When Gabriele Wilson was assigned the task of designing the cover of Wild, she didn't know she would create an icon.
With a looming deadline, she bought a stock photo of two dirty hiking boots. She Photoshopped one boot out and put the image of a single, muddy boot with red laces on the cover.
That stock image has come to define Wild, so much so that director Jean-Marc Vallée, who made a film version of Cheryl Strayed's hiking memoir, became obsessed with finding the right version for his opening scene. He ended up using custom boots by Portland-based Danner, which when put into production, sold so many pairs it could barely keep up with demand.
Here's the story of the Wild boots—including one that actress Reese Witherspoon tossed from a cliff near Mt. Hood Skibowl which a local man set out to find.
In June 1995, Cheryl Strayed began her 1,100-mile hike on the Pacific Crest Trail wearing a pair of Raichle boots. In August, one of Strayed's boots fell off a cliff when she stopped to pull off a bloody toenail. Frustrated, she threw the other one after it.
"It was a big lug of a thing, of genuine heft, a brown leather Raichle boot with a red lace and silver metal fasts. I lifted it high and threw it with all my might and watched it fall into the lush trees and out of my life."
On March 20, 2012, Strayed's memoir Wild was released, featuring a torn-up hiking boot on the cover.
Gabriele Wilson: "The one boot to me was a symbol of her and her single hike, doing it on her own and her perseverance. When I look back, I wish that I would have shot it myself, but I ended up going online and finding a photo in a stock house that looked pretty close to what I pictured her boots looking like. There were two boots in the image, and I thought, 'That's too obvious.'"
On June 1, 2012, Oprah Winfrey announced she would resurrect her discontinued book club to showcase Wild. The effect was immediate. By July, Wild was No. 1 on The New York Times best-seller list. The stock-image boot chosen for the cover became an icon. A movie deal was signed in July 2013. In October 2013, the film version of Wild went into production.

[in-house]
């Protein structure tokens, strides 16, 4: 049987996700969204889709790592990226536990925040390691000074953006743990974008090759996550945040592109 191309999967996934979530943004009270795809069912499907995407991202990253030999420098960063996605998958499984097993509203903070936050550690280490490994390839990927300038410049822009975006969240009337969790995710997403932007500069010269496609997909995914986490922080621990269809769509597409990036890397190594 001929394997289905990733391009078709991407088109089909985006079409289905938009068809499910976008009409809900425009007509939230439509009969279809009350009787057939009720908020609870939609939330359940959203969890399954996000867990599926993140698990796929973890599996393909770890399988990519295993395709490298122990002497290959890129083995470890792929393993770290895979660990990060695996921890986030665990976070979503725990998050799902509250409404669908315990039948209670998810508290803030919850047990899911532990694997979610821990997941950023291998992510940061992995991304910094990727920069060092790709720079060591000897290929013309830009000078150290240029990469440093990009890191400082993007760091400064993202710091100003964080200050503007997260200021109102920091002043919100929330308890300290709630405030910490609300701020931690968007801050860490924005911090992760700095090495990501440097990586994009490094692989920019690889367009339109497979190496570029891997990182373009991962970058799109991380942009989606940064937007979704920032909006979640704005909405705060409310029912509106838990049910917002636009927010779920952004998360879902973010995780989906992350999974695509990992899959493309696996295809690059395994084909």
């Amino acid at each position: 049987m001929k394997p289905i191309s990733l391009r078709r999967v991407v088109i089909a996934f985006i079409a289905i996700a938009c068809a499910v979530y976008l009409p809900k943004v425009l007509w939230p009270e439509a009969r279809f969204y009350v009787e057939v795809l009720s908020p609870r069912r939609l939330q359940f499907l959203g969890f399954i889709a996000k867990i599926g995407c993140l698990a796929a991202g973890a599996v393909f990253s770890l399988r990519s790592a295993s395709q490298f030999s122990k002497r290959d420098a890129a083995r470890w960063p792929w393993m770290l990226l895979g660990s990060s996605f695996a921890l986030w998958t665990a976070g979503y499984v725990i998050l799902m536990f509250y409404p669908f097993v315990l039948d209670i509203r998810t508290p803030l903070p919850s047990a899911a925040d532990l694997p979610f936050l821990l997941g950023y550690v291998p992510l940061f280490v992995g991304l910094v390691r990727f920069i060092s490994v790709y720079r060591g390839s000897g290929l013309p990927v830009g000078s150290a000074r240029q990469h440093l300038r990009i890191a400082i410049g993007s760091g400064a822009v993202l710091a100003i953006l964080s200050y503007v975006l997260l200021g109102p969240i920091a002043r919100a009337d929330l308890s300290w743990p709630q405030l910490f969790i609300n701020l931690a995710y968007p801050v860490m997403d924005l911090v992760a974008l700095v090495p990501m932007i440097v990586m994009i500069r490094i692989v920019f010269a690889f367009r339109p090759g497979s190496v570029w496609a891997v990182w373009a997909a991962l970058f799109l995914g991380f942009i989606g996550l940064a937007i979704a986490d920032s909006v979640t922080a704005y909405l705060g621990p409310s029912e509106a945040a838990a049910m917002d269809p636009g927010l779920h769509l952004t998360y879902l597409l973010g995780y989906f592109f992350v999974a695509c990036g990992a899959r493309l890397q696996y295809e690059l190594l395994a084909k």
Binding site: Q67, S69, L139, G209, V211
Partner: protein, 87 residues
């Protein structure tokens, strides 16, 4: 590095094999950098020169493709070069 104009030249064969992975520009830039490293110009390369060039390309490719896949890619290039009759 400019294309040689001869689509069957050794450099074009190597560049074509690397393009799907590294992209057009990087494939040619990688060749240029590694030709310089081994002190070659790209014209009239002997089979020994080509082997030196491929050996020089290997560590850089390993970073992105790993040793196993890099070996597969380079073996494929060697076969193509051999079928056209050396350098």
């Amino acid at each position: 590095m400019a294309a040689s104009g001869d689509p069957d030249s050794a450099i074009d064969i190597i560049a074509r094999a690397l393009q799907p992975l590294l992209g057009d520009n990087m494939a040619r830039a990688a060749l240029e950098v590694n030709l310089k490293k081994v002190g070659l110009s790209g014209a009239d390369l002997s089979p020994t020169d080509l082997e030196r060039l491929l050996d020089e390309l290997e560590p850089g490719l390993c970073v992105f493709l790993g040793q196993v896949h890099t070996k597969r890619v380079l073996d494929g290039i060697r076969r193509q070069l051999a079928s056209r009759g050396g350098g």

Portland native Greg McMickle has worked in the film industry since 1980. He worked on Homeward Bound, Leverage and received a platinum record for contributing to "We Are the World." Working on props for Wild was his dream job. An avid hiker, McMickle scoured outdoor stores for vintage hiking gear and held Witherspoon's backpack for her during the boot-throwing scene. Raichle still makes hiking boots, but Wild director Jean-Marc Vallée didn't want to be accurate; he wanted the iconic boot from the book cover.
McMickle: "The director is sort of obsessing on the way [the cover] boot looked, and we're madly going around trying to find boots that look like that boot. The director was a very unreasonable person. Finally, somebody in our wardrobe department found a Danner boot, which was in production, but sort of the wrong color."
McMickle actually grew up on the same block in Portland as the Danner children, and even played in the same costume-clad social-commentary band in high school. The studio asked Danner to make the boots, using the Mountain Light design as a base template, but changing the color of the leather and laces to create a vintage look.